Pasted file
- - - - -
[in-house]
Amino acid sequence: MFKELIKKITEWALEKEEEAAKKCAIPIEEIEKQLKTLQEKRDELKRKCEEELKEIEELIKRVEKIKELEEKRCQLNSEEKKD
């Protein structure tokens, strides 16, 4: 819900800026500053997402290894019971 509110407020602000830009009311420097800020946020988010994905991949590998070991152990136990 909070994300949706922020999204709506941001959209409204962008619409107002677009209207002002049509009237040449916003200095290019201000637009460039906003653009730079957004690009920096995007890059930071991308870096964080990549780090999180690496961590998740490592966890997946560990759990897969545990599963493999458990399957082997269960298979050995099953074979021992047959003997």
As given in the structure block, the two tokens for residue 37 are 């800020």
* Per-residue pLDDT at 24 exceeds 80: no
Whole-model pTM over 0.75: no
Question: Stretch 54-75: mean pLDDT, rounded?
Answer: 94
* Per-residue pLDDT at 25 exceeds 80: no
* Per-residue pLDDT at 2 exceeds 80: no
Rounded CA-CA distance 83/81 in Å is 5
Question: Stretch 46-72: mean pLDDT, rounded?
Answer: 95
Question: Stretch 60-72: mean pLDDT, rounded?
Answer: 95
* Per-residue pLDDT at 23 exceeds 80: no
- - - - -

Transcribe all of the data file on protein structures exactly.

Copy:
[in-house]
Amino acid sequence: MFKELIKKITEWALEKEEEAAKKCAIPIEEIEKQLKTLQEKRDELKRKCEEELKEIEELIKRVEKIKELEEKRCQLNSEEKKD
């Protein structure tokens, strides 16, 4: 819900800026500053997402290894019971 509110407020602000830009009311420097800020946020988010994905991949590998070991152990136990 909070994300949706922020999204709506941001959209409204962008619409107002677009209207002002049509009237040449916003200095290019201000637009460039906003653009730079957004690009920096995007890059930071991308870096964080990549780090999180690496961590998740490592966890997946560990759990897969545990599963493999458990399957082997269960298979050995099953074979021992047959003997």
As given in the structure block, the two tokens for residue 37 are 């800020």
* Per-residue pLDDT at 24 exceeds 80: no
Whole-model pTM over 0.75: no
Question: Stretch 54-75: mean pLDDT, rounded?
Answer: 94
* Per-residue pLDDT at 25 exceeds 80: no
* Per-residue pLDDT at 2 exceeds 80: no
Rounded CA-CA distance 83/81 in Å is 5
Question: Stretch 46-72: mean pLDDT, rounded?
Answer: 95
Question: Stretch 60-72: mean pLDDT, rounded?
Answer: 95
* Per-residue pLDDT at 23 exceeds 80: no